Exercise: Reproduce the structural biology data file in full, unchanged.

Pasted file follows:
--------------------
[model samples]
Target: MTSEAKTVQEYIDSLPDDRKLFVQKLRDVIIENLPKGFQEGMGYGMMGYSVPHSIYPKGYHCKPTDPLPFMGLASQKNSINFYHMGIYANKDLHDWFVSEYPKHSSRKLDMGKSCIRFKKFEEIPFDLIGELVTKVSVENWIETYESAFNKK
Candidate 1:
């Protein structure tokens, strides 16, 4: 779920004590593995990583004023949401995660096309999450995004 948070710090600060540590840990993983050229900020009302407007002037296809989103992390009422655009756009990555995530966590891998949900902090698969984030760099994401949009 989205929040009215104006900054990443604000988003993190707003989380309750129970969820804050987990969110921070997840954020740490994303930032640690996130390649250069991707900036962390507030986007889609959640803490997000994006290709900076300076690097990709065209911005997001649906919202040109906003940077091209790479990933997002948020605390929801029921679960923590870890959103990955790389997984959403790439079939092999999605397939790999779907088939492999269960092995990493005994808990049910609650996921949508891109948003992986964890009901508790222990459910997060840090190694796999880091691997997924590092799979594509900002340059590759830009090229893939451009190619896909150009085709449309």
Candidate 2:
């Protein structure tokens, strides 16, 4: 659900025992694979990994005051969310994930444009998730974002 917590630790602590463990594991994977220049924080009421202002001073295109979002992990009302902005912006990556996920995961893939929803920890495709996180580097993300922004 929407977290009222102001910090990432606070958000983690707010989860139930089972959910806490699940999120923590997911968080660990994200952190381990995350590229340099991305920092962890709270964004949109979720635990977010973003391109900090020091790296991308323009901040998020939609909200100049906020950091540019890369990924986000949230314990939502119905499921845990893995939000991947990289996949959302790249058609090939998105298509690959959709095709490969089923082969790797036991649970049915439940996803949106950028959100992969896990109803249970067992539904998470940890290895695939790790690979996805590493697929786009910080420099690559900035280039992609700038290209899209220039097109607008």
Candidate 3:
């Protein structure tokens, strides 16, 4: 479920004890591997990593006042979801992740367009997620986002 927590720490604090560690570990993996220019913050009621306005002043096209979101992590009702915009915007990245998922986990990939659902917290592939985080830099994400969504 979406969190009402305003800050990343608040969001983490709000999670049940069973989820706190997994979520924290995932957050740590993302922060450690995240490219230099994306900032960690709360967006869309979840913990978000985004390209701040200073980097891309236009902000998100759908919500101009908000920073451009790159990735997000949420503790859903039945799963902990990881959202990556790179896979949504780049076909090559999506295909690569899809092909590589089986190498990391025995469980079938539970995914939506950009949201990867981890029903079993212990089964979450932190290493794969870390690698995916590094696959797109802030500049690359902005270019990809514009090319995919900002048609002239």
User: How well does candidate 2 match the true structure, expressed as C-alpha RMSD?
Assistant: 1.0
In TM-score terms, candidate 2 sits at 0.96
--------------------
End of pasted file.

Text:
[model samples]
Target: MTSEAKTVQEYIDSLPDDRKLFVQKLRDVIIENLPKGFQEGMGYGMMGYSVPHSIYPKGYHCKPTDPLPFMGLASQKNSINFYHMGIYANKDLHDWFVSEYPKHSSRKLDMGKSCIRFKKFEEIPFDLIGELVTKVSVENWIETYESAFNKK
Candidate 1:
């Protein structure tokens, strides 16, 4: 779920004590593995990583004023949401995660096309999450995004 948070710090600060540590840990993983050229900020009302407007002037296809989103992390009422655009756009990555995530966590891998949900902090698969984030760099994401949009 989205929040009215104006900054990443604000988003993190707003989380309750129970969820804050987990969110921070997840954020740490994303930032640690996130390649250069991707900036962390507030986007889609959640803490997000994006290709900076300076690097990709065209911005997001649906919202040109906003940077091209790479990933997002948020605390929801029921679960923590870890959103990955790389997984959403790439079939092999999605397939790999779907088939492999269960092995990493005994808990049910609650996921949508891109948003992986964890009901508790222990459910997060840090190694796999880091691997997924590092799979594509900002340059590759830009090229893939451009190619896909150009085709449309």
Candidate 2:
């Protein structure tokens, strides 16, 4: 659900025992694979990994005051969310994930444009998730974002 917590630790602590463990594991994977220049924080009421202002001073295109979002992990009302902005912006990556996920995961893939929803920890495709996180580097993300922004 929407977290009222102001910090990432606070958000983690707010989860139930089972959910806490699940999120923590997911968080660990994200952190381990995350590229340099991305920092962890709270964004949109979720635990977010973003391109900090020091790296991308323009901040998020939609909200100049906020950091540019890369990924986000949230314990939502119905499921845990893995939000991947990289996949959302790249058609090939998105298509690959959709095709490969089923082969790797036991649970049915439940996803949106950028959100992969896990109803249970067992539904998470940890290895695939790790690979996805590493697929786009910080420099690559900035280039992609700038290209899209220039097109607008």
Candidate 3:
């Protein structure tokens, strides 16, 4: 479920004890591997990593006042979801992740367009997620986002 927590720490604090560690570990993996220019913050009621306005002043096209979101992590009702915009915007990245998922986990990939659902917290592939985080830099994400969504 979406969190009402305003800050990343608040969001983490709000999670049940069973989820706190997994979520924290995932957050740590993302922060450690995240490219230099994306900032960690709360967006869309979840913990978000985004390209701040200073980097891309236009902000998100759908919500101009908000920073451009790159990735997000949420503790859903039945799963902990990881959202990556790179896979949504780049076909090559999506295909690569899809092909590589089986190498990391025995469980079938539970995914939506950009949201990867981890029903079993212990089964979450932190290493794969870390690698995916590094696959797109802030500049690359902005270019990809514009090319995919900002048609002239």
User: How well does candidate 2 match the true structure, expressed as C-alpha RMSD?
Assistant: 1.0
In TM-score terms, candidate 2 sits at 0.96